Resolutions: Argent Trust


I have spent the last 35 years helping families plan for their future. Almost all of my clients have as one of their top financial goals to never be a burden on their children. So, we create plans such that their children will never have to write a check for their care. After years of doing it this way, I realized that I rarely involved the adult children in the difficult conversations that needed to be held about what happens when Mom or Dad aren’t as independent as they are now.

I began to request that clients over the age of 70 include one or more of their adult children in what I call the Who-Does-What-When Meeting. The purpose of this meeting is to pull back the curtain however much the parents want in order to answer the questions that have been swirling in their kids’ minds but they’ve not worked up the nerve to ask: “Do Mom and Dad have enough money for the remainder of their lives?” “Who is in charge if something happens to one or both of them?” “Where are they going to live if they need care?” It opens up tremendous communication opportunities between families that they may not have had in years.

Before the meeting, Mom and Dad establish the ground rules with me, and I remind the family that I am not a therapist but a financial professional who specializes in preparing families for age transitions. I also state emphatically that I am moderator and referee, that I get to call time out if things get too dicey, and that this is not a meeting to air family grievances. However, I do like to explore a little of the family dynamics because understanding those dynamics can actually help my clients make wise choices when it comes to putting their children in official capacities.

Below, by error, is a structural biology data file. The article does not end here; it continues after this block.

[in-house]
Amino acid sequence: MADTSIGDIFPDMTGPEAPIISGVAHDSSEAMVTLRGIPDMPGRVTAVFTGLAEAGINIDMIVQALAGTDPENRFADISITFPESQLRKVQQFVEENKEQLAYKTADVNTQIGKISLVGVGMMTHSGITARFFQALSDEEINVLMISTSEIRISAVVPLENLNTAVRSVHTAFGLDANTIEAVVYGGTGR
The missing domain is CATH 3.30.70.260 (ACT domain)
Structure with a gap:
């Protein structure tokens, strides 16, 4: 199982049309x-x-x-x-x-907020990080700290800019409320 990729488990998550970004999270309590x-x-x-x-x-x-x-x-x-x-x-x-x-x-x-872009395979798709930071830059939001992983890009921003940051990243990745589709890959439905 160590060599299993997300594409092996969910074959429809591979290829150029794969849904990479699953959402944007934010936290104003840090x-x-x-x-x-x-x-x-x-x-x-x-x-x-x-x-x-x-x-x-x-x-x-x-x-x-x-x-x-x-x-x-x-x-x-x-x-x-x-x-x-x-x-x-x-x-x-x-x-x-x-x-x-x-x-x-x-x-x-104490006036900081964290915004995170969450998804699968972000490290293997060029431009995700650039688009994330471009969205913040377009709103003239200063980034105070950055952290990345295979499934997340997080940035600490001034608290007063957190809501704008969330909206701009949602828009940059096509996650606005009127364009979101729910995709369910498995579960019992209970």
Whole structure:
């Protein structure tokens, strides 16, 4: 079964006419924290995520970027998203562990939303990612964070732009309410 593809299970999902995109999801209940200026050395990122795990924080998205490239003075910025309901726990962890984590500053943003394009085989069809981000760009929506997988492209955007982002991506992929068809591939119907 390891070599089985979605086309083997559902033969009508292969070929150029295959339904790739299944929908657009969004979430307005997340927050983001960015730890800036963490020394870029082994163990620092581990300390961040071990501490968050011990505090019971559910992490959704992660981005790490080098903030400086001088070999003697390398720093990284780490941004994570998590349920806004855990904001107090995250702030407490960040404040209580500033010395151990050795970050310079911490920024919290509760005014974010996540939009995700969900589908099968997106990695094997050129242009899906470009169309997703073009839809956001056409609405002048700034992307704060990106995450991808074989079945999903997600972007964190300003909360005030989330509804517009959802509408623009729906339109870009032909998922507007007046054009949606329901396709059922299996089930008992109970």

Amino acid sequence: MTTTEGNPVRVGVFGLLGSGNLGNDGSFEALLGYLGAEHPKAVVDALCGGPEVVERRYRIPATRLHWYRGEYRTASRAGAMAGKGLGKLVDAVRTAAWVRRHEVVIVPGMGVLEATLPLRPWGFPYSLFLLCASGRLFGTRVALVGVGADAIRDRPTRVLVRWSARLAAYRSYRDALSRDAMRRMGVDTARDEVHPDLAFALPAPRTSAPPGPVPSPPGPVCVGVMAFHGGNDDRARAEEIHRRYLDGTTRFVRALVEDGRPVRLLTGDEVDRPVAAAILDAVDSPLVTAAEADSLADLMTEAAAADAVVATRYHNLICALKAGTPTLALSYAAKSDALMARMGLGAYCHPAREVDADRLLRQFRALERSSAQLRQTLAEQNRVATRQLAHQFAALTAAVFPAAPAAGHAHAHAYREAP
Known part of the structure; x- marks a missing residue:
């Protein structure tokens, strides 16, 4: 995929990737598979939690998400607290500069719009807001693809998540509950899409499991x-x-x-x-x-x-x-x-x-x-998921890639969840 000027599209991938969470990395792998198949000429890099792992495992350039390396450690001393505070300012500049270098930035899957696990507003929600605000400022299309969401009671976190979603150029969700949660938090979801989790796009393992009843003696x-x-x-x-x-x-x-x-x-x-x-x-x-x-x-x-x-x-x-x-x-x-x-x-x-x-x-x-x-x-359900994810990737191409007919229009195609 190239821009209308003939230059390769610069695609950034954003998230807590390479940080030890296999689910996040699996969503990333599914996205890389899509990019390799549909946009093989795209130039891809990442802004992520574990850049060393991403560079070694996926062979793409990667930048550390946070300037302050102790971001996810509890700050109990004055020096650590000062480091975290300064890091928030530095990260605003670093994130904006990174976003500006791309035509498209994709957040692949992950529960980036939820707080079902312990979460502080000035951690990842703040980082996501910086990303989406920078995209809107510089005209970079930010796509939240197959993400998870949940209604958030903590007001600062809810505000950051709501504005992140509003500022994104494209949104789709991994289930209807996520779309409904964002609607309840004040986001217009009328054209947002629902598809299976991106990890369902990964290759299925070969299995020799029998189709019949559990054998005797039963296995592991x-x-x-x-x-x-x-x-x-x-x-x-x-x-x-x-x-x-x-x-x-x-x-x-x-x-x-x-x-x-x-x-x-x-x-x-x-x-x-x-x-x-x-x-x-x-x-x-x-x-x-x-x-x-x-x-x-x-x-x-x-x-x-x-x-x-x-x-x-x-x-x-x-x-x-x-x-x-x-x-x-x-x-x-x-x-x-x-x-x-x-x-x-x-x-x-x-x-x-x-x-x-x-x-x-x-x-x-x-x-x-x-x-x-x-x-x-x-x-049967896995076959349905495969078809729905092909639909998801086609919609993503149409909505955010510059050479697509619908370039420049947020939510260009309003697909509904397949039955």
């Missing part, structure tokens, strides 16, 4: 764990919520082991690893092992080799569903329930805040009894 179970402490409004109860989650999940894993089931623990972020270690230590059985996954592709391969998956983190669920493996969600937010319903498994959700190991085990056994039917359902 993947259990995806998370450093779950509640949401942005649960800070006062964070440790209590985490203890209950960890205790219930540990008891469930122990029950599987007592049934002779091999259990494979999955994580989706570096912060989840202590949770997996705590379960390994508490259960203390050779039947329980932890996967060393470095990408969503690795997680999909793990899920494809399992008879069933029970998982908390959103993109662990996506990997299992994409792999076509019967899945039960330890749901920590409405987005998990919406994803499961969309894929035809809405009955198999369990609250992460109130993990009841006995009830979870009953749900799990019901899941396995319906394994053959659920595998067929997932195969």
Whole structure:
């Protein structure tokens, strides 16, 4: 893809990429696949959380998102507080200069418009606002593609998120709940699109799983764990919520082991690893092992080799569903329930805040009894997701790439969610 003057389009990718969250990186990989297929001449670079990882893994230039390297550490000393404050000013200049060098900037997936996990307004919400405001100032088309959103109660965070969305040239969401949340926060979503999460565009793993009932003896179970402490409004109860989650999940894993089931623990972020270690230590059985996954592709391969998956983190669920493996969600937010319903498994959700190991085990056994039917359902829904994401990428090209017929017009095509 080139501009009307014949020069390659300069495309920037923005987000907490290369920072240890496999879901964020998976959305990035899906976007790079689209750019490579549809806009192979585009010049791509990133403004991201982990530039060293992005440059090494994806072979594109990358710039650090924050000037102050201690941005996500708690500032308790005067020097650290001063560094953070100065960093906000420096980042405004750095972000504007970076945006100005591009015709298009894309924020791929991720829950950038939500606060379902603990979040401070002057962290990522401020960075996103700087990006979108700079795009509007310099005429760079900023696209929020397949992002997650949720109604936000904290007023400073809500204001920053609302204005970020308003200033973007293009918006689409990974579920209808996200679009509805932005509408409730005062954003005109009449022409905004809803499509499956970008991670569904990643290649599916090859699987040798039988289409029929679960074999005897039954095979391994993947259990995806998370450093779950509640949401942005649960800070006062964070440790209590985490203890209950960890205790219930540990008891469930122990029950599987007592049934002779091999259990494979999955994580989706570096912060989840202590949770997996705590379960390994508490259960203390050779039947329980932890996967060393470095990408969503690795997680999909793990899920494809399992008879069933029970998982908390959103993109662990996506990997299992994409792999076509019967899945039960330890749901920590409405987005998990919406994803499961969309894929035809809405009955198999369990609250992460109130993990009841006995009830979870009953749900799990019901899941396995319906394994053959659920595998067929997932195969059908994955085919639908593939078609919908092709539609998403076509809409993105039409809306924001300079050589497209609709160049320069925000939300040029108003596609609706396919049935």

It’s also important to have an Agenda prepared beforehand. Because these meetings need a full day to cover so much ground and can also be emotionally and physically draining, I recommend having them in a retreat setting away from cellphones, the office, carpools, and other distractions. Even the word retreat suggests that it’s a place to chill, breathe, and relax. I use a rough outline of 4-8 sessions covering everything from family dynamics to estate planning and I include a lot of discussion exercises and even games to keep the interest high and the mood light.

The final session is an Action Plan developed from the gaps identified in prior sessions. The Action Plan assigns specific tasks and deadlines to the family and/or the advisor team to address any unfinished business and close any loose ends of the parents’ planning. Hopefully, by the end of the retreat, everyone has a greater understanding of one another, and the kids have a greater appreciation for their parents’ wishes both now and as they age.

Have you had your Who-Does-What-When Meeting? Perhaps this is the year to work on your 2020 vision for your family’s future.

David W. Russell, CFP®, CSA® is vice president and trust officer with Argent Trust in Ridgeland. He is a Certified Financial Planner and a Certified Senior Advisor. He is also author of the book, “What You Need to Know: The Adult Child’s Guide to Becoming a Financial Caregiver” and editor of Wealth and Honor ( an online blog and educational resource for families facing the financial challenges of age transitions.

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